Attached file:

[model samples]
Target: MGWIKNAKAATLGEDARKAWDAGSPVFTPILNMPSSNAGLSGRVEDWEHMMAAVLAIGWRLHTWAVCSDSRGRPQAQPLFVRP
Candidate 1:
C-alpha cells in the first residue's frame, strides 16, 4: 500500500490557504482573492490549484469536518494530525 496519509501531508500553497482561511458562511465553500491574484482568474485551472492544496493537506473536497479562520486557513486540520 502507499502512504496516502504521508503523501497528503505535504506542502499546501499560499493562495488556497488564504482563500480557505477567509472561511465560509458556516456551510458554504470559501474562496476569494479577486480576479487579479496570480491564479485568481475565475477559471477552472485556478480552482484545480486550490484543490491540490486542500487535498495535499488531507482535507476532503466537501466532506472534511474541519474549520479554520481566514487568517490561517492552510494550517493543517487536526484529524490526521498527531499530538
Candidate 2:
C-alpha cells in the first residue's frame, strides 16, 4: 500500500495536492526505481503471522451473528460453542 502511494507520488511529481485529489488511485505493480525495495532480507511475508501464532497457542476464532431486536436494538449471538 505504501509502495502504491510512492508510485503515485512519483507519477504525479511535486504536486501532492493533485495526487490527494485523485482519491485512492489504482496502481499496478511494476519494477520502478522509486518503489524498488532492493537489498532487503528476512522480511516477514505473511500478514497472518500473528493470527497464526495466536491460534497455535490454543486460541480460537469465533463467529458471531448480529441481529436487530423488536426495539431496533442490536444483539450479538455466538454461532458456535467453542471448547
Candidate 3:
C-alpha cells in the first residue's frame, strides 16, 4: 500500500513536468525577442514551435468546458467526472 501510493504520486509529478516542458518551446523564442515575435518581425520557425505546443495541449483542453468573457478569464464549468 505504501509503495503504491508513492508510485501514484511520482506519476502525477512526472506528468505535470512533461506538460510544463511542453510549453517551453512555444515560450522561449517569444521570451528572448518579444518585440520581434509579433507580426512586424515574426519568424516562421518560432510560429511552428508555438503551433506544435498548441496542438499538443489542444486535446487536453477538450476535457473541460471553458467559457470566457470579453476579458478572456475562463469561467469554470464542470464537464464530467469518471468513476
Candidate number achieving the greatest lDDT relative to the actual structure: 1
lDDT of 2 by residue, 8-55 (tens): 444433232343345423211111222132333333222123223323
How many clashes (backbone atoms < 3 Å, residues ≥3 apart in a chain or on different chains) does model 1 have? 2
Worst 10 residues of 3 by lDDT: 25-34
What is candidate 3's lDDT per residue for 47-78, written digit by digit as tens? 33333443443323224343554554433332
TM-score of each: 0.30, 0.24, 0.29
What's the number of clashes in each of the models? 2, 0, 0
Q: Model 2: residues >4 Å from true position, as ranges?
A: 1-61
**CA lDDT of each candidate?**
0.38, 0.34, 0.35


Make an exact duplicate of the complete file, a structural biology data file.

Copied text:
[model samples]
Target: MGWIKNAKAATLGEDARKAWDAGSPVFTPILNMPSSNAGLSGRVEDWEHMMAAVLAIGWRLHTWAVCSDSRGRPQAQPLFVRP
Candidate 1:
C-alpha cells in the first residue's frame, strides 16, 4: 500500500490557504482573492490549484469536518494530525 496519509501531508500553497482561511458562511465553500491574484482568474485551472492544496493537506473536497479562520486557513486540520 502507499502512504496516502504521508503523501497528503505535504506542502499546501499560499493562495488556497488564504482563500480557505477567509472561511465560509458556516456551510458554504470559501474562496476569494479577486480576479487579479496570480491564479485568481475565475477559471477552472485556478480552482484545480486550490484543490491540490486542500487535498495535499488531507482535507476532503466537501466532506472534511474541519474549520479554520481566514487568517490561517492552510494550517493543517487536526484529524490526521498527531499530538
Candidate 2:
C-alpha cells in the first residue's frame, strides 16, 4: 500500500495536492526505481503471522451473528460453542 502511494507520488511529481485529489488511485505493480525495495532480507511475508501464532497457542476464532431486536436494538449471538 505504501509502495502504491510512492508510485503515485512519483507519477504525479511535486504536486501532492493533485495526487490527494485523485482519491485512492489504482496502481499496478511494476519494477520502478522509486518503489524498488532492493537489498532487503528476512522480511516477514505473511500478514497472518500473528493470527497464526495466536491460534497455535490454543486460541480460537469465533463467529458471531448480529441481529436487530423488536426495539431496533442490536444483539450479538455466538454461532458456535467453542471448547
Candidate 3:
C-alpha cells in the first residue's frame, strides 16, 4: 500500500513536468525577442514551435468546458467526472 501510493504520486509529478516542458518551446523564442515575435518581425520557425505546443495541449483542453468573457478569464464549468 505504501509503495503504491508513492508510485501514484511520482506519476502525477512526472506528468505535470512533461506538460510544463511542453510549453517551453512555444515560450522561449517569444521570451528572448518579444518585440520581434509579433507580426512586424515574426519568424516562421518560432510560429511552428508555438503551433506544435498548441496542438499538443489542444486535446487536453477538450476535457473541460471553458467559457470566457470579453476579458478572456475562463469561467469554470464542470464537464464530467469518471468513476
Candidate number achieving the greatest lDDT relative to the actual structure: 1
lDDT of 2 by residue, 8-55 (tens): 444433232343345423211111222132333333222123223323
How many clashes (backbone atoms < 3 Å, residues ≥3 apart in a chain or on different chains) does model 1 have? 2
Worst 10 residues of 3 by lDDT: 25-34
What is candidate 3's lDDT per residue for 47-78, written digit by digit as tens? 33333443443323224343554554433332
TM-score of each: 0.30, 0.24, 0.29
What's the number of clashes in each of the models? 2, 0, 0
Q: Model 2: residues >4 Å from true position, as ranges?
A: 1-61
**CA lDDT of each candidate?**
0.38, 0.34, 0.35